A supercomputer didn’t really pass the Turing Test

The media reported that a supercomputer passed the Turing Test, a measure of artificial intelligence in which a computer can pass as a human being.  But it turns out that this is just one of the many examples tracked on this blog (as some of you commenters have pointed out) of incompetent reporting on science and technology.  Here is a link to the big story.  Then, after the jump, a link to a tech site debunking the claim, along with some specific points that the article got wrong. [Read more...]

The father of modern journalism: Martin Luther

World Magazine editor Marvin Olasky writes about how an independent press has its roots in the Reformation.   Modern journalism began, he says, with an unusually skillful writer named Martin Luther. [Read more...]

Associated Press will shorten the news

We’ve blogged about the findings that the internet has diminished people’s ability to read long, complex texts.  Now the leading practitioner of print journalism is giving in to the trend.  The Associated Press wire service has ordered its reporters to keep their stories no longer than 500 words. [Read more...]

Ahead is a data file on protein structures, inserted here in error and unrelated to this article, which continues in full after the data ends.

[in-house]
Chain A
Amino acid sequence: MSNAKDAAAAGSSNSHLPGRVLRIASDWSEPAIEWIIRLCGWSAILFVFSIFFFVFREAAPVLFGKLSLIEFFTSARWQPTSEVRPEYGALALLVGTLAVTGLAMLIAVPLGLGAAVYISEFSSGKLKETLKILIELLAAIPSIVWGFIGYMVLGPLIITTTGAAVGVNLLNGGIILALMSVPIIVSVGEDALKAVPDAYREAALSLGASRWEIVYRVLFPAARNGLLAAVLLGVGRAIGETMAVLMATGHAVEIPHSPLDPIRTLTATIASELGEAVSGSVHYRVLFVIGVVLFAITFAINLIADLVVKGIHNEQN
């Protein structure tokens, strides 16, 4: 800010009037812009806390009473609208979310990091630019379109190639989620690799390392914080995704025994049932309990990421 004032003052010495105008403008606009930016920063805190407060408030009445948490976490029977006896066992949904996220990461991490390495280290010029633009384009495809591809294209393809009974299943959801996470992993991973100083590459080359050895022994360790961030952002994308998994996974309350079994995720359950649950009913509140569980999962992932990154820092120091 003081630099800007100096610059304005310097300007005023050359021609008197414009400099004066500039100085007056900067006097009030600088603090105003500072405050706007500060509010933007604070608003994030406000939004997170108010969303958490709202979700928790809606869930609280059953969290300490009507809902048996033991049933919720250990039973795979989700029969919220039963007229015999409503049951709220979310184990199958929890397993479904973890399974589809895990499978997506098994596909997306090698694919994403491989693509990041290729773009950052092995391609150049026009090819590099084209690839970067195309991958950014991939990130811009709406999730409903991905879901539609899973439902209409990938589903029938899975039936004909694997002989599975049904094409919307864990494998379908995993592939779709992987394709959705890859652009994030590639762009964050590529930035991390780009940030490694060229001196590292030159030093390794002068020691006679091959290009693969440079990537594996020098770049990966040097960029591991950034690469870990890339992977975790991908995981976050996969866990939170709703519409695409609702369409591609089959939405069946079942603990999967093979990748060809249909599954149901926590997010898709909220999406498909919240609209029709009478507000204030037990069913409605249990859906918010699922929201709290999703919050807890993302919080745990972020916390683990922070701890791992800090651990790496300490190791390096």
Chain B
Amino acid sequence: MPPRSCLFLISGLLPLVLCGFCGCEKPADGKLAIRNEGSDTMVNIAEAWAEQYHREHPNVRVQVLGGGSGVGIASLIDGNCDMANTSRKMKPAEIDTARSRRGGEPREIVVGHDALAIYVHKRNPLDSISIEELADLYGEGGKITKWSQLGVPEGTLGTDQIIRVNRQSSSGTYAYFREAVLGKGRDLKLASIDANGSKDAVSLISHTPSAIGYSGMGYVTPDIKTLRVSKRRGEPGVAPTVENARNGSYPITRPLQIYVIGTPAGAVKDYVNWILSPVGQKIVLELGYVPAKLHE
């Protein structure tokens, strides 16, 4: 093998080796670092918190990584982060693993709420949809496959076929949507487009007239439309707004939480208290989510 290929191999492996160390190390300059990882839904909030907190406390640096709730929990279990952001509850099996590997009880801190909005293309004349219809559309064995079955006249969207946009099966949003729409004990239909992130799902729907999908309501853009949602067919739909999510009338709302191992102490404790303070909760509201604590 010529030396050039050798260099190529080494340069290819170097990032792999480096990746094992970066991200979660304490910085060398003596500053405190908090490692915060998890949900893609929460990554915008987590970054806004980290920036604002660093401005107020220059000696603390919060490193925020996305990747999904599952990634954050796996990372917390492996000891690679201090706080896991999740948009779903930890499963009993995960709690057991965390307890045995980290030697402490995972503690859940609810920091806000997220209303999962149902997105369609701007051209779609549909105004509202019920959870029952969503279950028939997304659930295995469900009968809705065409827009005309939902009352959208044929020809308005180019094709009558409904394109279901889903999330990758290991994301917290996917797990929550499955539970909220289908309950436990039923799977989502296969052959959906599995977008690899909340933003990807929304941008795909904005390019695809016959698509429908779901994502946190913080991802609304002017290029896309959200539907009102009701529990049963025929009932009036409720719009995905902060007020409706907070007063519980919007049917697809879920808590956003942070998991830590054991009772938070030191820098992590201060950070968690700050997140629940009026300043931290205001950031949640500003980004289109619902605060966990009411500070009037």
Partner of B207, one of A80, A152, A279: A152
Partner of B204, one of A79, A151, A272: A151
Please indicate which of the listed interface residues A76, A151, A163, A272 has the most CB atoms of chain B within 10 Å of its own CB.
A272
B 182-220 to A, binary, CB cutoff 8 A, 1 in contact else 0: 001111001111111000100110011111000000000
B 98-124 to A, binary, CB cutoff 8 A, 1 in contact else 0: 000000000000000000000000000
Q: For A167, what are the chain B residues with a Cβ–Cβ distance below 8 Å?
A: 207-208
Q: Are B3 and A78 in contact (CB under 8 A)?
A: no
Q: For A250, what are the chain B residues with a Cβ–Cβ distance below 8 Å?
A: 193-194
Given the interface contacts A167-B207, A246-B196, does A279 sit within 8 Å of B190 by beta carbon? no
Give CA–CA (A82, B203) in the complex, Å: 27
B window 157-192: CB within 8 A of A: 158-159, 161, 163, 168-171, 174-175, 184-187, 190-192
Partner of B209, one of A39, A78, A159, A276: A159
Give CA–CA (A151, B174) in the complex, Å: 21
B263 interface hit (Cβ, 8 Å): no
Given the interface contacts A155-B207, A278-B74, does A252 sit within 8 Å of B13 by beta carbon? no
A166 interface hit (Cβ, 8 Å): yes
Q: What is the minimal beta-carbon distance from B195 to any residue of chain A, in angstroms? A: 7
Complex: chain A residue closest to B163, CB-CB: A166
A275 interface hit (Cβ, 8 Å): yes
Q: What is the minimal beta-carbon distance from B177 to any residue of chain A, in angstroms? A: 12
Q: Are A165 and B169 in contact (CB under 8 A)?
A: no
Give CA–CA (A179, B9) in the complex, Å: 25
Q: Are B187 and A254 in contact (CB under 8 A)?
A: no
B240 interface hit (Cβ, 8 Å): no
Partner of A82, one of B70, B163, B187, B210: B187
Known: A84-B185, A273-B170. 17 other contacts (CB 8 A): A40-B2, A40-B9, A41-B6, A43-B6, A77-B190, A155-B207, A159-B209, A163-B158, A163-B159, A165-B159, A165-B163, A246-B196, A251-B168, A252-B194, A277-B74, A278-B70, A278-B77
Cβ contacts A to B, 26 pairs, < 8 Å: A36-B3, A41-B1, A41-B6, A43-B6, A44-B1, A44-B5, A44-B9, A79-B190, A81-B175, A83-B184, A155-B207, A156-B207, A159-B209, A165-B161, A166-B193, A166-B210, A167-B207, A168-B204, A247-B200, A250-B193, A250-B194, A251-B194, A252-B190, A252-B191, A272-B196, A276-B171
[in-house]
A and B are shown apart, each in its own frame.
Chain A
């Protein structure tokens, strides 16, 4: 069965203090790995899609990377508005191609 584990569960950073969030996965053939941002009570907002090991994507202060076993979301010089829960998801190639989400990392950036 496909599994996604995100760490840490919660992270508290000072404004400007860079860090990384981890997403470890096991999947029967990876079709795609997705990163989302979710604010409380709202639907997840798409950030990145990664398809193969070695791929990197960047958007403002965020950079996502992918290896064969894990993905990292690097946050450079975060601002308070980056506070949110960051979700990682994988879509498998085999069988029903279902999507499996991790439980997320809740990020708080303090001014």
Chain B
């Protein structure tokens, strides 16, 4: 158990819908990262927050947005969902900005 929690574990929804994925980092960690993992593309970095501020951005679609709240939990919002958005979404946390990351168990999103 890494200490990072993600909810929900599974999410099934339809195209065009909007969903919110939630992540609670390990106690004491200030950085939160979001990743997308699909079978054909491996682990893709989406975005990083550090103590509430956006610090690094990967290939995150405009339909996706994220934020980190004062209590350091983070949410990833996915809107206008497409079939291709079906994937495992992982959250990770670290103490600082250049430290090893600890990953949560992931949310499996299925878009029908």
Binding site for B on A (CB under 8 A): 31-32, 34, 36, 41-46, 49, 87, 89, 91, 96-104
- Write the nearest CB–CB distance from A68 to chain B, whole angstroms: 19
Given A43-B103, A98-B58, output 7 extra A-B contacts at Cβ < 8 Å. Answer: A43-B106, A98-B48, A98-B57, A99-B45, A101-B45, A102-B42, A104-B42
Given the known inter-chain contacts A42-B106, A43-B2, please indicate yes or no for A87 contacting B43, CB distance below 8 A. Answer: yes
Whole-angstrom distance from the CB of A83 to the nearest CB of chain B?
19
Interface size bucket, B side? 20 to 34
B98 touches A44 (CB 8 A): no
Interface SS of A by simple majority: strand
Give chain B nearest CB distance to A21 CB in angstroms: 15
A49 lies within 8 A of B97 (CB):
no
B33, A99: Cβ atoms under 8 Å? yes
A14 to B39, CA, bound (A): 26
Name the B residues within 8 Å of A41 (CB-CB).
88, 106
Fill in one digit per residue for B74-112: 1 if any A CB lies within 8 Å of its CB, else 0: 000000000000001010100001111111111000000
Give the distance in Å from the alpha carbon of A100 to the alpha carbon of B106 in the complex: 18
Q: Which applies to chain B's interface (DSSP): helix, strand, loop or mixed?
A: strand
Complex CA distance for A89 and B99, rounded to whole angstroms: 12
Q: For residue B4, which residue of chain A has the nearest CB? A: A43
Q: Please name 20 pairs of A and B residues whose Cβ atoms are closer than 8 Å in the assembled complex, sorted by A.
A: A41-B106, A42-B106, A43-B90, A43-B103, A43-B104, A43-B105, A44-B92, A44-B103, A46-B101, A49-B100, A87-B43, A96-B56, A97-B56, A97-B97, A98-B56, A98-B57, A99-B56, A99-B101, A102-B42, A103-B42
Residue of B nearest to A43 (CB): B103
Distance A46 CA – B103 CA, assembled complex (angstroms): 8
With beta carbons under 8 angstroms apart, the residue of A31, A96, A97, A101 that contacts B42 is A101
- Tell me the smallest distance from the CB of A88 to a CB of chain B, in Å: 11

Two conservative atheists

Being a Christian is not the same as being a conservative, and being a conservative is not the same as being a Christian.  Two prominent conservative columnist, George Will and Charles Krauthammer, have come out as atheists, though of the sort that “respect religion and religious people.” [Read more...]

Snowden revelations win Pulitzer Prize

The London Guardian and the Washington Post won the Pulitzer Prize for Public Service for publishing the revelations from Edward Snowden about the extent of NSA snooping.   After the jump, an excerpt and link to the complete slate of winners.  What does this list suggest about the role of journalism in this internet age? [Read more...]

Bible reading in the digital age

In answer to my question about how reading conditioned by the internet might affect the way people read the Bible, Rev. Lucas Woodford (my former pastor) pointed to this article by Robin Phillips published in Touchstone in 2012, which also gets into the various ways reading itself has already changed over the centuries.  An excerpt after the jump. [Read more...]


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